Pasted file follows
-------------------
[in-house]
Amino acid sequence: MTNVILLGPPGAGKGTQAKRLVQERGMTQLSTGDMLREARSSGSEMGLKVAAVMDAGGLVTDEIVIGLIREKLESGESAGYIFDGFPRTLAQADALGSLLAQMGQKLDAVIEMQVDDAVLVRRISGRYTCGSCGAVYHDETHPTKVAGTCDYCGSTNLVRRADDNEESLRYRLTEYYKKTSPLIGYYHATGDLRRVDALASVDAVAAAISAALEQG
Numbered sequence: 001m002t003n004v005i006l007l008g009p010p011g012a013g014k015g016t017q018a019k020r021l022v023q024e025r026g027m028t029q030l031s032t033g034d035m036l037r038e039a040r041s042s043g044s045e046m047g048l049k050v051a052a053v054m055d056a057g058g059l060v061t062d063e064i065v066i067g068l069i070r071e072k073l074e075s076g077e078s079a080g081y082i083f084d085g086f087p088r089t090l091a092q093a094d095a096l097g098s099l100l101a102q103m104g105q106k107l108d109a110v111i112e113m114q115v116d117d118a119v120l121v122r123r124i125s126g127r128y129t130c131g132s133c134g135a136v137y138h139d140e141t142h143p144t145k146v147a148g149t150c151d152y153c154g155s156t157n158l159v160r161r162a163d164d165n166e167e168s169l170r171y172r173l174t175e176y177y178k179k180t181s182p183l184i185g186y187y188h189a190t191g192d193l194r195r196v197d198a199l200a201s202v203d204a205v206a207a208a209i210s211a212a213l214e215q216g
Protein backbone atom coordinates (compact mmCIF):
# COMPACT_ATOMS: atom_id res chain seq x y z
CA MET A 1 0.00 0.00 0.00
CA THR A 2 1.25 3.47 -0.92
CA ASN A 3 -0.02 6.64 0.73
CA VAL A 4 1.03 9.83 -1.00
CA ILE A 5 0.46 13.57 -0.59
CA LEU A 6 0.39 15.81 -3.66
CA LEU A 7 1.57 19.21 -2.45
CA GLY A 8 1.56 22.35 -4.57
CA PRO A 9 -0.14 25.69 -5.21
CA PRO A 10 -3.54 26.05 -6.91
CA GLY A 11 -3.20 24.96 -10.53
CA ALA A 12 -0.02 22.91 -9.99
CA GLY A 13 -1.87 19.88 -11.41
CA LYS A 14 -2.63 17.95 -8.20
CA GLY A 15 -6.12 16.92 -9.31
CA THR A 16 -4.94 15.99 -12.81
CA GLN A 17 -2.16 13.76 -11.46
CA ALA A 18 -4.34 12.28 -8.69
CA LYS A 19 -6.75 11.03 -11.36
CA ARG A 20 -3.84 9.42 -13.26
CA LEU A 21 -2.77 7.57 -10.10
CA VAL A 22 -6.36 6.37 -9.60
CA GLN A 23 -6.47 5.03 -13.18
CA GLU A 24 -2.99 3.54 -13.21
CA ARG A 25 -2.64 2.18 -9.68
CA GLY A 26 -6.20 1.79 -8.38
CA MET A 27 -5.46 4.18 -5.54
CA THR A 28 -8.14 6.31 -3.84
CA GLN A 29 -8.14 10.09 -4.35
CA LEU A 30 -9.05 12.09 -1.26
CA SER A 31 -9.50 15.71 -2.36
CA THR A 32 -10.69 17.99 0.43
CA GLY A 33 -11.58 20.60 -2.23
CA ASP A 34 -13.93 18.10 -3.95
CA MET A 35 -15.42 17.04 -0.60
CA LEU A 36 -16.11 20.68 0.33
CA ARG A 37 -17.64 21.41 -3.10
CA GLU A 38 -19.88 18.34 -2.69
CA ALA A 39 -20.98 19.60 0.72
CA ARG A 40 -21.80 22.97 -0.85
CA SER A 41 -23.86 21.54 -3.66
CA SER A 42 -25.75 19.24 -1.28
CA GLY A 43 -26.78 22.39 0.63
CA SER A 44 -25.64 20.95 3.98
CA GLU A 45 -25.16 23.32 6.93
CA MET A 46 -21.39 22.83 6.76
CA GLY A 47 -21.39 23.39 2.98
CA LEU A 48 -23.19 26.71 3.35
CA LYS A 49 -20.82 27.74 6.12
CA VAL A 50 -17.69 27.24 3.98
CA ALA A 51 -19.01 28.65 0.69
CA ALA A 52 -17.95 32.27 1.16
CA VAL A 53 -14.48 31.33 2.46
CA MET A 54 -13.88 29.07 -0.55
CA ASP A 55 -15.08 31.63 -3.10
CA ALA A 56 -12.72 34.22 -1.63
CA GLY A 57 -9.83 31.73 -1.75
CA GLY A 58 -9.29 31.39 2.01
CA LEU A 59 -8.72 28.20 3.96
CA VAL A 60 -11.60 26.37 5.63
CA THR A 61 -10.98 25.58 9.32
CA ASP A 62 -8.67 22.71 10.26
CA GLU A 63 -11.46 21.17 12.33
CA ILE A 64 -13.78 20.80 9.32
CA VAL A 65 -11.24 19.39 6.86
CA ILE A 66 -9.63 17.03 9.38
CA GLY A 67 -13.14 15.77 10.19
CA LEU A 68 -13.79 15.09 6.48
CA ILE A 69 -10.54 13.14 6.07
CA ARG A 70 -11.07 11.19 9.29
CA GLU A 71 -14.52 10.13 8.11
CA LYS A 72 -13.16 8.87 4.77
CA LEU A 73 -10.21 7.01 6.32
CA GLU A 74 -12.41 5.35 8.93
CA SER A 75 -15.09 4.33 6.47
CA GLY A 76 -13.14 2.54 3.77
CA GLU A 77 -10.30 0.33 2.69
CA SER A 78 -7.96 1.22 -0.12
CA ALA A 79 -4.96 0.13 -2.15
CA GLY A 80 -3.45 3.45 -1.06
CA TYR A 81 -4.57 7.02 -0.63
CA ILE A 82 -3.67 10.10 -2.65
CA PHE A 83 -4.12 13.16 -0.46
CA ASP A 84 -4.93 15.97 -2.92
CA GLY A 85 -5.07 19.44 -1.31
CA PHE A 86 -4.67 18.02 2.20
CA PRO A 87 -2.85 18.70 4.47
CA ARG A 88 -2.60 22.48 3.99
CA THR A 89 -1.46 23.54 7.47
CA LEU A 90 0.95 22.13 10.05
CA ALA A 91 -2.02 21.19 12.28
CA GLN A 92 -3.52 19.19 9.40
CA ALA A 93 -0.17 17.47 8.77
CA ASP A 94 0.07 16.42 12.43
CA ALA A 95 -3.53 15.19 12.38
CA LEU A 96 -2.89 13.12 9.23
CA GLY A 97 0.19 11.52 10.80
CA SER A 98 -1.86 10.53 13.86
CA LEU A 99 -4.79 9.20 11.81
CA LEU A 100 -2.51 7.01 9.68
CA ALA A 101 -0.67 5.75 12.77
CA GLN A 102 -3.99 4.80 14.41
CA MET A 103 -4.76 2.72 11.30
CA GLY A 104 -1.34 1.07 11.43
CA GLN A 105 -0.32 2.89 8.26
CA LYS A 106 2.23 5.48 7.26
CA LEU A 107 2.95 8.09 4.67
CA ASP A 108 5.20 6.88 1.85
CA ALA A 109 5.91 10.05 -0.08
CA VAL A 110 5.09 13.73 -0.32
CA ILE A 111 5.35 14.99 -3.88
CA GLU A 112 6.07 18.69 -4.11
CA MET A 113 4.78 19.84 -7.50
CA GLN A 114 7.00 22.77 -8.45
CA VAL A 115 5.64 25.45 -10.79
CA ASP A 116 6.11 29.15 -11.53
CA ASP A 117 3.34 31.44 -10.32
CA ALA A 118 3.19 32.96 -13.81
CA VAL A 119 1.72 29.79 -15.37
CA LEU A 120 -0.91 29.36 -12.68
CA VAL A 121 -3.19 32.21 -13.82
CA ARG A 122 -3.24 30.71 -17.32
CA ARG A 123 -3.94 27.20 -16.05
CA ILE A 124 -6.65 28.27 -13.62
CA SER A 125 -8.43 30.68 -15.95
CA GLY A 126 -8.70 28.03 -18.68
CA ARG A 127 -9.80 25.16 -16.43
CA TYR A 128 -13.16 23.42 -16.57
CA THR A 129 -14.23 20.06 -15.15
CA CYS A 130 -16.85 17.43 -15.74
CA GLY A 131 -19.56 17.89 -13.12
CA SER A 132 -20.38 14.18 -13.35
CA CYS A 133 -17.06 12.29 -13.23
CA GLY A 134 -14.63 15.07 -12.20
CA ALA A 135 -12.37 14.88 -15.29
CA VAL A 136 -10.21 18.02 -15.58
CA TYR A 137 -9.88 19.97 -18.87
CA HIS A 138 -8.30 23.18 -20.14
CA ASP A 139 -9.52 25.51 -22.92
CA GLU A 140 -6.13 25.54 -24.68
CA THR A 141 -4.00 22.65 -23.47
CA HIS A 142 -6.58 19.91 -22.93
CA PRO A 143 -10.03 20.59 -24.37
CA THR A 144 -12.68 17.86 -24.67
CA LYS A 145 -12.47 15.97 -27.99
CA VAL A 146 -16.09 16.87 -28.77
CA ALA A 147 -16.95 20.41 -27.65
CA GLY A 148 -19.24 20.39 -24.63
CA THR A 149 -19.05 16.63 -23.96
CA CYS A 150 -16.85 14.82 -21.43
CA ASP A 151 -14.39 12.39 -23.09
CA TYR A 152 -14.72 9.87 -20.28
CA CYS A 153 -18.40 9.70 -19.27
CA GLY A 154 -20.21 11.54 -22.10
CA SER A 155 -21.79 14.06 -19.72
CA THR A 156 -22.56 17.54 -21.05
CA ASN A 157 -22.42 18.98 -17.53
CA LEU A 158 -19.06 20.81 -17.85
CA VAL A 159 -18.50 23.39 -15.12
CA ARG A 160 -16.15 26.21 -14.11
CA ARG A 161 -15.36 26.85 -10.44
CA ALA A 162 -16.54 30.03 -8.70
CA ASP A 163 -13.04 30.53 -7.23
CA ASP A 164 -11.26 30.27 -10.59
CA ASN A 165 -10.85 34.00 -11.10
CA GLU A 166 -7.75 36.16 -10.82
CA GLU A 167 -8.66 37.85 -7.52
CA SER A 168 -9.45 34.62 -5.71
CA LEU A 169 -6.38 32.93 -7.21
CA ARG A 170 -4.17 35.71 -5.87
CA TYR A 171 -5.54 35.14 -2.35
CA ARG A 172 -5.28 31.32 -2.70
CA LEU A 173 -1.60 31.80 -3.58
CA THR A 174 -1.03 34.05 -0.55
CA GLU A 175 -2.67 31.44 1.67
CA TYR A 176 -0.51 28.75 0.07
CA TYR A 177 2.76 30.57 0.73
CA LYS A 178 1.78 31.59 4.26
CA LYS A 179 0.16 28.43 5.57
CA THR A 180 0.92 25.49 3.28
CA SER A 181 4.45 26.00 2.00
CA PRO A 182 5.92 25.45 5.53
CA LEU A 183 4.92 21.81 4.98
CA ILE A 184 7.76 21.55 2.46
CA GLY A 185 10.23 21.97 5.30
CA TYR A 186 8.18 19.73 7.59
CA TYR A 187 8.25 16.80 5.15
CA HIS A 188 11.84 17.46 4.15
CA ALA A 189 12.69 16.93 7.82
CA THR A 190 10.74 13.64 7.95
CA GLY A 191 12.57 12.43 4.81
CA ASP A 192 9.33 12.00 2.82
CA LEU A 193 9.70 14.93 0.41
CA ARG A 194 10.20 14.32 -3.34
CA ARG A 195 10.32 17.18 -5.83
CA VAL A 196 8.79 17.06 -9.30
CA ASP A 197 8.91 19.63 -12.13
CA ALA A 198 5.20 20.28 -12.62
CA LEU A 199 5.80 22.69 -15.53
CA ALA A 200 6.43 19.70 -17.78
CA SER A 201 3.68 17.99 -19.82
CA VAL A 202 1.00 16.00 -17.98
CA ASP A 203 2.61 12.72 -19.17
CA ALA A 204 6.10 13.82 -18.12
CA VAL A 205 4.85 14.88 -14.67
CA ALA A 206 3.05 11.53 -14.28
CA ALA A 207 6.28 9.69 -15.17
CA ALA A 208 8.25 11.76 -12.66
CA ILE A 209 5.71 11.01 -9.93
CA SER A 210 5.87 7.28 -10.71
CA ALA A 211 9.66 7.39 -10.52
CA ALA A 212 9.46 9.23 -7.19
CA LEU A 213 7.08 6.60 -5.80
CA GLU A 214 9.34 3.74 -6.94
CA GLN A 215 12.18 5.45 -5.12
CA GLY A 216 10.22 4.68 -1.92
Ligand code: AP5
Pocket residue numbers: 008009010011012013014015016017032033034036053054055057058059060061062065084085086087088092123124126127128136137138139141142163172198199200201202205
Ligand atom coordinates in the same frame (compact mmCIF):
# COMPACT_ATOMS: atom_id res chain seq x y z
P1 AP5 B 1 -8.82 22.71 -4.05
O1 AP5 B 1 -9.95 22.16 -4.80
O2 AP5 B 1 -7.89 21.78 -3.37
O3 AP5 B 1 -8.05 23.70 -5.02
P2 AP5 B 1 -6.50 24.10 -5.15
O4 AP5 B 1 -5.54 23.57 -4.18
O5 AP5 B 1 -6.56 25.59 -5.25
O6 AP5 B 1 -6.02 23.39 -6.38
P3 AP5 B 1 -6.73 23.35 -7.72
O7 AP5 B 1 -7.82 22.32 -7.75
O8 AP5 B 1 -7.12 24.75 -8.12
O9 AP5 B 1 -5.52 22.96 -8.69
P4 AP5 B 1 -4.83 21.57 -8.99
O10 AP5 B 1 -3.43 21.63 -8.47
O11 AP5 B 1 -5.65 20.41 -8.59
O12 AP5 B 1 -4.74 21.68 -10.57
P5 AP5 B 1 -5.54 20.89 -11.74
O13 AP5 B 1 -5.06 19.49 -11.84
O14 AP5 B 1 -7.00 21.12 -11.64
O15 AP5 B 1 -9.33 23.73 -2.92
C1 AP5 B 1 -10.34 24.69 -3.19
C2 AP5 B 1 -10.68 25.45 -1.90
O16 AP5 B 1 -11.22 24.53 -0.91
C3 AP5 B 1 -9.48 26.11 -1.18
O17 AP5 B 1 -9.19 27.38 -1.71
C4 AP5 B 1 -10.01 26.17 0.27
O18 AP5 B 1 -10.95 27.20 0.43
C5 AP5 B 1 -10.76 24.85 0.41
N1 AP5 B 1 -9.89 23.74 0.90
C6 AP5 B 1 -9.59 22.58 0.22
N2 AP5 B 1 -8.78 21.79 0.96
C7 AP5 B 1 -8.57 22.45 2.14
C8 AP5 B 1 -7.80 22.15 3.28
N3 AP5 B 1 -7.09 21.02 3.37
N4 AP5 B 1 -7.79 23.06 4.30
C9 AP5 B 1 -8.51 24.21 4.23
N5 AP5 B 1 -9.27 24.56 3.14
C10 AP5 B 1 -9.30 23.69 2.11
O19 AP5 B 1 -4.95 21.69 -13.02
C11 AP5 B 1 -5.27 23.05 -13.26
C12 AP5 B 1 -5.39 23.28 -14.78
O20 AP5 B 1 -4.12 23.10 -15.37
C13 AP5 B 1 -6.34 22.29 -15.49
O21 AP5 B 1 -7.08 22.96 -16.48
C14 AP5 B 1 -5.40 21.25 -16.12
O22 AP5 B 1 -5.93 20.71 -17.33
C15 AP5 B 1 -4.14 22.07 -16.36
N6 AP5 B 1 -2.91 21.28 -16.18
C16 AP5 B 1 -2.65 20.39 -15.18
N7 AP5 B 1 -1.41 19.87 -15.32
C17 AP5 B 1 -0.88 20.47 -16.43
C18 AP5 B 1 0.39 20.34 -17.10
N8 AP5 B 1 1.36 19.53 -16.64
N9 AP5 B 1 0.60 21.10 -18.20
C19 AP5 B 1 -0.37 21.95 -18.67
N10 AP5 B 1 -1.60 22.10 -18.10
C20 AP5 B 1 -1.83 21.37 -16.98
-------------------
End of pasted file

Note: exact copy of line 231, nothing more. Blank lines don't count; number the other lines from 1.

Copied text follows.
O4 AP5 B 1 -5.54 23.57 -4.18